“I have a mind that races too much,” says Nick Jordan. We're catching up by phone before he heads off to rehearsal, in the final days of preparation for tonight's big show.
Nick Jordan's NJ EP release performance this evening at Honey is the culmination of his entire career thus far. The 21-year-old has taken great care in curating his debut, a seven-track saunter of soul seen through young yet retrospective eyes.
Jordan will be joined by singers Nyasia Arredondo and Maxee Whiteford, both of whom lend their vocals to the intriguing and excellent audio sculpture. Dancers Albert Conteh and Christlo Gittens will lend their choreography. There will be a seven-piece band, including saxophonist Lucia Roccatagliata, bassist Charlie Bruber (of Tabah and Black Market Brass), and drummer Murphy Janssen, all of whom play on the EP.
Jordan's choice to make this EP was a creative reaction to things that were going on in his life, a way of using music to battle his inner demons.
“I was really experiencing coming out of depression,” he tells me. “It was really hard for me that summer. I was anxious about going to school, and life, and it was just like, I felt like, OK, I did this, I don't even know if I'm supposed to be here or if I wasted my time, or spent my time correctly...”“Take me for a whirl outside / I've been staying in too much so I need something to clear my mind / I feel the tension in my bones,” is the first lolling verse of “Radio,” a song Jordan recorded while he was battling depression.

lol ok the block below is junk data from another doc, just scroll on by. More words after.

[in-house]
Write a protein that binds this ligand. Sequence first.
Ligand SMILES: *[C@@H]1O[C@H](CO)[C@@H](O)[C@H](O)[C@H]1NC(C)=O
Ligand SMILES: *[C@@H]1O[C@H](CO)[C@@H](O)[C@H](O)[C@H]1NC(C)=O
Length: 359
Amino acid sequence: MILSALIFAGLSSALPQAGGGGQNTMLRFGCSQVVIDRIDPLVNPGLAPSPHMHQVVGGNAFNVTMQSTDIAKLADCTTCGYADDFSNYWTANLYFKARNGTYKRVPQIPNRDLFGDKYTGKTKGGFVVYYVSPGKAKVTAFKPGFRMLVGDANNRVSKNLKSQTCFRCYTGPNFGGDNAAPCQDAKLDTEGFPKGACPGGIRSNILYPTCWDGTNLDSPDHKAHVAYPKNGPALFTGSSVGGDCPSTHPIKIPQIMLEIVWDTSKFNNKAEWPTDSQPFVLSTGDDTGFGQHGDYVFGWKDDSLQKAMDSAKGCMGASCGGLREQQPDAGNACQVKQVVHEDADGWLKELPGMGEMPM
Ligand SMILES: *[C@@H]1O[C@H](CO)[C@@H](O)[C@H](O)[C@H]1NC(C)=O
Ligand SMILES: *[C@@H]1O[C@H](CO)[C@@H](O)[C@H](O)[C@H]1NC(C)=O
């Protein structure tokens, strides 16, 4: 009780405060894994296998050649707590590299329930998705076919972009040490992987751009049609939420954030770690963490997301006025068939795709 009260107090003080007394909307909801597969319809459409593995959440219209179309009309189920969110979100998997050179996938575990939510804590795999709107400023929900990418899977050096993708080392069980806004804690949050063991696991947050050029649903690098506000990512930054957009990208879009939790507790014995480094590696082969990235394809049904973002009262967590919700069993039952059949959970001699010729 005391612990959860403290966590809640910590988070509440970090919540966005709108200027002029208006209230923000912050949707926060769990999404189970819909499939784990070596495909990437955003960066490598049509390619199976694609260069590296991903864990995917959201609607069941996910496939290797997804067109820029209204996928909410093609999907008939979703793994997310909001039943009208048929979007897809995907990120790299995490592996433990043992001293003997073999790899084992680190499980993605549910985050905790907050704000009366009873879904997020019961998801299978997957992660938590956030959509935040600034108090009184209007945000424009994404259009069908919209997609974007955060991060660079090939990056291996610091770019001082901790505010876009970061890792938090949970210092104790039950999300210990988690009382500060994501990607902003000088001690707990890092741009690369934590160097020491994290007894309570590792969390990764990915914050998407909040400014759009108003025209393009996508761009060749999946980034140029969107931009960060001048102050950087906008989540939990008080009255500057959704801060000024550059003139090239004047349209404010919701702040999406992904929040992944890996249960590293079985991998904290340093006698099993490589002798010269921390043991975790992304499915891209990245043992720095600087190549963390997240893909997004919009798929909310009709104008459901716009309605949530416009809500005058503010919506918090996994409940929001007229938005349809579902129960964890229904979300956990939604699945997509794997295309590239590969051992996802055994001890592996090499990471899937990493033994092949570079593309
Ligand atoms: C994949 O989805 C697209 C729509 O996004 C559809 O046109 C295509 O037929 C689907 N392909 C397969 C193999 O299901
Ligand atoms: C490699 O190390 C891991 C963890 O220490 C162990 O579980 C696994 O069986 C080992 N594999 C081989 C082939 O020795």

“'Cause I was like, so tense from just staying in bed so fucking long,” he says, telling me that some days he'd get up in the morning, shower, then wind up back in bed.
“Radio,” which also features Maxee on vocals, is a slick track. The lyrics include nostalgic references to artists like Ja Rule, Ashanti, and Jill Scott. “Play my favorite song, play it all night long,” Jordan commands, while Maxee's falsetto hovers above. It's seductive, and a sweet thought. Listening to “Radio” reminds me of late summer nights, driving somewhere, trying to pick a radio station.
Jordan sees everything in life as cyclical. He says “Radio” came to him as if he was daydreaming, creating a brighter reality than the one he allowed for himself.
“That's the cool thing, and what is so neat about music,” Jordan says. “For me, I have that back story with that song, but that's not the only way to experience it. With music, it doesn't come with a handbook."
He admits, in retrospect, he wasn't in the right environment to create something like NJ at 18.
“I wasn't in environments really conducive to any artistic growth," he remembers. "I was in bad relationships; I was just in bad everything, pretty much."
The process of creating NJ was more than just making an album — it was growing up.
“By the time I was trying to get my head right and get out of that, I had a lot to write about,” he says. “It was very therapeutic to go into a practice room by myself on a Sunday afternoon and just play and sing and freestyle whatever would come out.”
Listening to NJ is a little like spying on Jordan's daydreams. He wrote all of the music and lyrics himself except for “Fantasy,” written with Nick Kiekenapp. The EP is produced by Luke Darger (production alias moonsidr_dlux), who plays keyboards and whom Jordan calls “brilliant.”